Is Oceano the tail that wags the dog?
April 20, 2016
OPINION by OTIS PAGE
Grover Beach Mayor John Shoals, as chair of the South San Luis Obispo County Sanitation District, has directed the abandonment of the current bimonthly billing for sanitary services and place it on the property tax. Shoals major reason for this action was because Oceano had refused to paying its share.
Here we see the repeat of an awkward situation where Oceano, being the tail on the dog wags the dog. It is a repeat of a bad arrangement where the idiocy of the Oceano Community Services District management seriously undermines the interests of the cities of Grover Beach and Arroyo Grande.
Oceano demanded $22,000 a year to bill their 7500 customers, as compared to Arroyo Grande charging the district $12,000 for its 17,000 customers. As with the Five Cites Fire Authority (FCFA,) Oceano does not pay its fair share.
Mayor Jim Hill of Arroyo Grande was on the losing end of a 2-1 board decision on the matter. It was Shoals, and Shoals alone, who suggested that all three members should be billed through the county. His plan in includes a commitment of $66,000 for annual billing, while presently Arroyo Grande billing is only $12,000.
Shoals is responsible for this mess. But does Shoals have other applications of this taxing strategy in mind? Mischief is the delight of the revenue hungry politician.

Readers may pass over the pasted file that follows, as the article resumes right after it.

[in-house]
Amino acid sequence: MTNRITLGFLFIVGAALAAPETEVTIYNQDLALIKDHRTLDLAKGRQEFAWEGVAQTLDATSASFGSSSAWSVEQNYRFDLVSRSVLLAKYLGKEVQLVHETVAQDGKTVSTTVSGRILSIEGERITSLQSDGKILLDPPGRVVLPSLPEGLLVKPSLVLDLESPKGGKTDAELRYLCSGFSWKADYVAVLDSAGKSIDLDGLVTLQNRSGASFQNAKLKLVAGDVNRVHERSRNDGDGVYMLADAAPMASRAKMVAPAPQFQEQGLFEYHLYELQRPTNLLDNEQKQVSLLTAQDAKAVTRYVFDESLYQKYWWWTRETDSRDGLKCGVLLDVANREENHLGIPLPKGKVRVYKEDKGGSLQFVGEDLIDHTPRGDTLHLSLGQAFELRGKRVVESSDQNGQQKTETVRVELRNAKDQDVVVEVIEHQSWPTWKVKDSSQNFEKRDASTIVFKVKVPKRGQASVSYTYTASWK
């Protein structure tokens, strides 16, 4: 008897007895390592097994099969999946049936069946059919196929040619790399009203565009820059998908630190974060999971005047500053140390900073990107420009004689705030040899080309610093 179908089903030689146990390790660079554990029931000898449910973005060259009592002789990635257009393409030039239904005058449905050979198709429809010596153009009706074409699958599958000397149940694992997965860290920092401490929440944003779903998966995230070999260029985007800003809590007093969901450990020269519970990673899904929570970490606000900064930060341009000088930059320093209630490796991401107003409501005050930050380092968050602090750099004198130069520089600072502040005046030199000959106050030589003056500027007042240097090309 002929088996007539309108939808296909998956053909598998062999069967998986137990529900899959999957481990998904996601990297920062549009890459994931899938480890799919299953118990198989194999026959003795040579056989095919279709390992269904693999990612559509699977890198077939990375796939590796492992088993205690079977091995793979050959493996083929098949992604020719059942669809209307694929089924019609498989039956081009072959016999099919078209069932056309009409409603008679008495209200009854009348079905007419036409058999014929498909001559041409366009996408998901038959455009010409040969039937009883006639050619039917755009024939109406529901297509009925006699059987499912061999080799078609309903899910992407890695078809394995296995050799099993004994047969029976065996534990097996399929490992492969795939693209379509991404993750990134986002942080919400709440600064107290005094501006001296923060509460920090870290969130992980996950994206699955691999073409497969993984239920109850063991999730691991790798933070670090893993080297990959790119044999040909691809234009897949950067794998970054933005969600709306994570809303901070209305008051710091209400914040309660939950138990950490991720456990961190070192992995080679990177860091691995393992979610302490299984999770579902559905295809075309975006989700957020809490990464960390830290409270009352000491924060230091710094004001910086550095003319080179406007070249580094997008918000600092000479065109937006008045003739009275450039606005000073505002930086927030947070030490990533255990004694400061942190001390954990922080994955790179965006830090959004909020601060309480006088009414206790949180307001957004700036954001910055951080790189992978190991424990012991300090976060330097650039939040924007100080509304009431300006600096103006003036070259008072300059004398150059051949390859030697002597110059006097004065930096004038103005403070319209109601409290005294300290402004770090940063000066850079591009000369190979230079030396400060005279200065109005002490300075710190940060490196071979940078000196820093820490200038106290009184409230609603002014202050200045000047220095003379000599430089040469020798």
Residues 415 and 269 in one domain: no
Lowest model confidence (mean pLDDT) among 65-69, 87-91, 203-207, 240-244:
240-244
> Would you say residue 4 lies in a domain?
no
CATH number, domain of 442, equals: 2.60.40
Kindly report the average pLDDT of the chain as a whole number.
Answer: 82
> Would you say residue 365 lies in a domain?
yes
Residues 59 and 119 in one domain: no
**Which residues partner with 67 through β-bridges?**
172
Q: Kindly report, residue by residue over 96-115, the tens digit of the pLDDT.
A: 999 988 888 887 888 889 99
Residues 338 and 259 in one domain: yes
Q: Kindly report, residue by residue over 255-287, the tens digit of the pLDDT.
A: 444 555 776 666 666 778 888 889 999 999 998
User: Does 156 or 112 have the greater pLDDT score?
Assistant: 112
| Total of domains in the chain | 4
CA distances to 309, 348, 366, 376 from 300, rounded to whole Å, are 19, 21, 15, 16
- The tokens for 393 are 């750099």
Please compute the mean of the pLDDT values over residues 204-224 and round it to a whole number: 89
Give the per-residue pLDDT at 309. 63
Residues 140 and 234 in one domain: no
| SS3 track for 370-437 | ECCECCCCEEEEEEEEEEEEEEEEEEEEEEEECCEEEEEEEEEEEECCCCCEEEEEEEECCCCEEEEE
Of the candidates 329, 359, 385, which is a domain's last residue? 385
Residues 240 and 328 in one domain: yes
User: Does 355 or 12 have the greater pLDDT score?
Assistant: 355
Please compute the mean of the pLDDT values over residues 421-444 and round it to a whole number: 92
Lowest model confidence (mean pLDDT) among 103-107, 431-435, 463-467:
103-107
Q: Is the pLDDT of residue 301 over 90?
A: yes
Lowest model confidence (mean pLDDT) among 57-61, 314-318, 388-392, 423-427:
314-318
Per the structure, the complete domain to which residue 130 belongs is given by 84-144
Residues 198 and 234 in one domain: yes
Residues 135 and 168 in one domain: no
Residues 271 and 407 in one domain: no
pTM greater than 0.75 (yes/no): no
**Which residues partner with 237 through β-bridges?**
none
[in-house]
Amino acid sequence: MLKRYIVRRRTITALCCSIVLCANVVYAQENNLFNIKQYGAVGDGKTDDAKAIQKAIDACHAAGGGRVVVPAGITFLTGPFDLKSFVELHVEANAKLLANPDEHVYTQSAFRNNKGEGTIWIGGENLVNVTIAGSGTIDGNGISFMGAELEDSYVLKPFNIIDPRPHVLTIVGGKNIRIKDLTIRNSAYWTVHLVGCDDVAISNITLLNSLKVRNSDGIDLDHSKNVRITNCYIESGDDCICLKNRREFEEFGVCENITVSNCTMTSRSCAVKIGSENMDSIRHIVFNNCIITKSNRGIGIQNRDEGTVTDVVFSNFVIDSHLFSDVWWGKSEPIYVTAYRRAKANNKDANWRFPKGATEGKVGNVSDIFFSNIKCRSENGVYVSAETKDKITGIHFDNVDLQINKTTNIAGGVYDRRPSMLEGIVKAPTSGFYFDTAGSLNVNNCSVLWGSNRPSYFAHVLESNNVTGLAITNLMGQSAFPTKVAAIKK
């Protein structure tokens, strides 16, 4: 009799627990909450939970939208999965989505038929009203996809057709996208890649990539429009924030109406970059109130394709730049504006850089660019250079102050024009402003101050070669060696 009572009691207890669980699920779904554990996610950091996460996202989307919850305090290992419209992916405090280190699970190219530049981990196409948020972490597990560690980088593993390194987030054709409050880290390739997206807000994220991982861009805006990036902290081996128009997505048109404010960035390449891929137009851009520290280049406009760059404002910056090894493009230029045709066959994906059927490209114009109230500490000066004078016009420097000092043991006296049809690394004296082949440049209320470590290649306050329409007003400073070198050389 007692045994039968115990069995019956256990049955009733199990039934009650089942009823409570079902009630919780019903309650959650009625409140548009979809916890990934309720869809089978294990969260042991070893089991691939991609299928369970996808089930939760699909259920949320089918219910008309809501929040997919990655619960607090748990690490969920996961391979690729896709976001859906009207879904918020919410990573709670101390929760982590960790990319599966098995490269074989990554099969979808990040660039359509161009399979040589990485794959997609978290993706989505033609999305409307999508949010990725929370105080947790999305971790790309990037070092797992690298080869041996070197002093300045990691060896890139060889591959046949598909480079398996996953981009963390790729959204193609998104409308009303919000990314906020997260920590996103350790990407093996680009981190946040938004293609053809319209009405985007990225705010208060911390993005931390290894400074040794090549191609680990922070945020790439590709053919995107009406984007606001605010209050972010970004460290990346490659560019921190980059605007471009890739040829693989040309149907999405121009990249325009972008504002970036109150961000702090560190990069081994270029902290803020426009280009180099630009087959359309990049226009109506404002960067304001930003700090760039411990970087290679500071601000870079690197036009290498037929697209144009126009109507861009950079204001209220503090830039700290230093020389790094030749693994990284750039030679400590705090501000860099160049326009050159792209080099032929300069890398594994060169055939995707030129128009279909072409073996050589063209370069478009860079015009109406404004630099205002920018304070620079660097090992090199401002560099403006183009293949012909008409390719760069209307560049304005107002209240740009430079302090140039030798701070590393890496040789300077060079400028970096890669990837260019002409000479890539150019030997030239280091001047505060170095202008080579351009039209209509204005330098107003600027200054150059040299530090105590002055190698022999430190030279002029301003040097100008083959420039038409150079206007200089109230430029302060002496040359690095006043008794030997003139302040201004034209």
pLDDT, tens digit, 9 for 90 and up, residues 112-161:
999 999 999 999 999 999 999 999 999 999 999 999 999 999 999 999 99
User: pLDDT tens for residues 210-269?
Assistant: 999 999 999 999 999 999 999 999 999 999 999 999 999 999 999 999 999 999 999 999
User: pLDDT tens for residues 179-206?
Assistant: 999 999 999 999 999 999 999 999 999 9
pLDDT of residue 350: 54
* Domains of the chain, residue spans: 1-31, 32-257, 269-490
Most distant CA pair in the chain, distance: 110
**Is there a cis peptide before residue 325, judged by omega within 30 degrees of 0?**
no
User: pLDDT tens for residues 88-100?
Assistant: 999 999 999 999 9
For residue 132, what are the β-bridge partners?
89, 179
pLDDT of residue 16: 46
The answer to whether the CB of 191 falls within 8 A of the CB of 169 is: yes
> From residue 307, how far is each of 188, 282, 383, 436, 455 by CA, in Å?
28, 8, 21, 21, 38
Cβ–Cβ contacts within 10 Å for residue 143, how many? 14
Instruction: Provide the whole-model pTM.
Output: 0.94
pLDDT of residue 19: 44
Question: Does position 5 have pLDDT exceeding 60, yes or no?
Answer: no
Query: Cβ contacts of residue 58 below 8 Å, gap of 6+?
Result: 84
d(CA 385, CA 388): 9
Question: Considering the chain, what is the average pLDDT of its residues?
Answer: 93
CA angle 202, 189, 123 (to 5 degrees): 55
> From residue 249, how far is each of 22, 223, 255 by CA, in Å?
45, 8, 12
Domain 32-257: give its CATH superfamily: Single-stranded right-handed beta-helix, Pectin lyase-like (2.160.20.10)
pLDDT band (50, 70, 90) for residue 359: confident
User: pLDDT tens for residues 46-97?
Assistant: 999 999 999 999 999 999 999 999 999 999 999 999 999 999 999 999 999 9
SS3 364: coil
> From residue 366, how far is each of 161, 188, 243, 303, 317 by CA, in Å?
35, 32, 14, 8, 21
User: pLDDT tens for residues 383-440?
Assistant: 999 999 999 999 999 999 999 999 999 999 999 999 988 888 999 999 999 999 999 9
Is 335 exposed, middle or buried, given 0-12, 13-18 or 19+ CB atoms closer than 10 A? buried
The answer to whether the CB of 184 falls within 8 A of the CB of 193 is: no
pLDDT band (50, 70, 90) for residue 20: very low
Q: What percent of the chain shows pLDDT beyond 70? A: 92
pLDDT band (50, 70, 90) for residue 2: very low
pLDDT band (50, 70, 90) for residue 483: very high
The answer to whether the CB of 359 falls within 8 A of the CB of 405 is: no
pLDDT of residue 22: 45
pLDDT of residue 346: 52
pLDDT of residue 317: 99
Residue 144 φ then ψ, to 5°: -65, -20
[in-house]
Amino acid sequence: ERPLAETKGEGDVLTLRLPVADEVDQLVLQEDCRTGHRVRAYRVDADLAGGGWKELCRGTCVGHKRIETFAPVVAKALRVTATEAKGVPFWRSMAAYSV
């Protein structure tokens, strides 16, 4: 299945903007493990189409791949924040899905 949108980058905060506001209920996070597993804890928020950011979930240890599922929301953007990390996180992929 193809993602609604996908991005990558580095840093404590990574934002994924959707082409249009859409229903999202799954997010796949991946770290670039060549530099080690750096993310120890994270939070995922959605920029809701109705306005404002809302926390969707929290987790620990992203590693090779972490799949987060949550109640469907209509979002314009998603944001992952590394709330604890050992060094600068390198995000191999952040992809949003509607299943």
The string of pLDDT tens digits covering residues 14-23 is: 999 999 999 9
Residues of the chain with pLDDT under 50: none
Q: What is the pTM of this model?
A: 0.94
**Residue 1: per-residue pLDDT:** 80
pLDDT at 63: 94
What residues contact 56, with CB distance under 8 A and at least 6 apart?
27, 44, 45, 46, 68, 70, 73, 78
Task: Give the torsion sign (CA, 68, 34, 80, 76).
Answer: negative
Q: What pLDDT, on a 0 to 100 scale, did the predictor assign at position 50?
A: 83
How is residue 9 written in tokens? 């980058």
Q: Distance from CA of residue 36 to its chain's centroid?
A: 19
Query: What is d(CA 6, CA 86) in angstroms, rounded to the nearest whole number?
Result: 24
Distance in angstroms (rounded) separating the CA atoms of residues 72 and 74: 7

What goes on here? Have we seen this play before with attempts to raise property taxes? Yes. A FCFA District was formally implemented by three member FCFA Board members on December 20, 2013. Shoal is currently a member of that board.
The implementation of the assessment district entailed — big surprise — a tax increase to be approved on a ballot to property owners. This move was soundly defeated by the property owners in a subsequent election.
What is the lesson? Do not burden the property taxes of property owners. That issue now confronts the Sanitation District Board. There will be a predictable negative reaction to defeat this unwise move to remove the bi-monthly sanitation billings to an annual billing on the property tax.
Besides this reaction there are other good reasons to stop this from happening. The property tax bill — and it administration — is corrupted by a service expense. It becomes invisible to the board and an irritant to property owners. The board appears to be abdicating its fiduciary trust to the county administration.
This is Pandora’s box that addresses the whole accountability issue, the disciplines of accountability that prevail. The precedent is a concern. This reaches to managerial accountability and disclosure to the citizens.
It is a bag of snakes and inspires fears of this gimmick being exploited — such as its potential application with the FCFA. Besides this is a bad practice. This is an evident political issue in an election year. If this precedent holds, why shouldn’t the city embrace a police version — with a board — that tosses of its financial responsibility — to a statement burdening the property tax statement?
If the Sanitation Board requires more money to cover administration and operating expenses — they should raise the rate on the bi-monthly bill. And take the citizen heat for doing it. Otherwise get rid of those local boards. If they can’t do their own accounting, they are not needed. Let the county supervisors manage the matter.
If we add sewer bills to property tax bills, the FCFA budget will be the next item to be placed on the property tax bill. Shoals will see to it.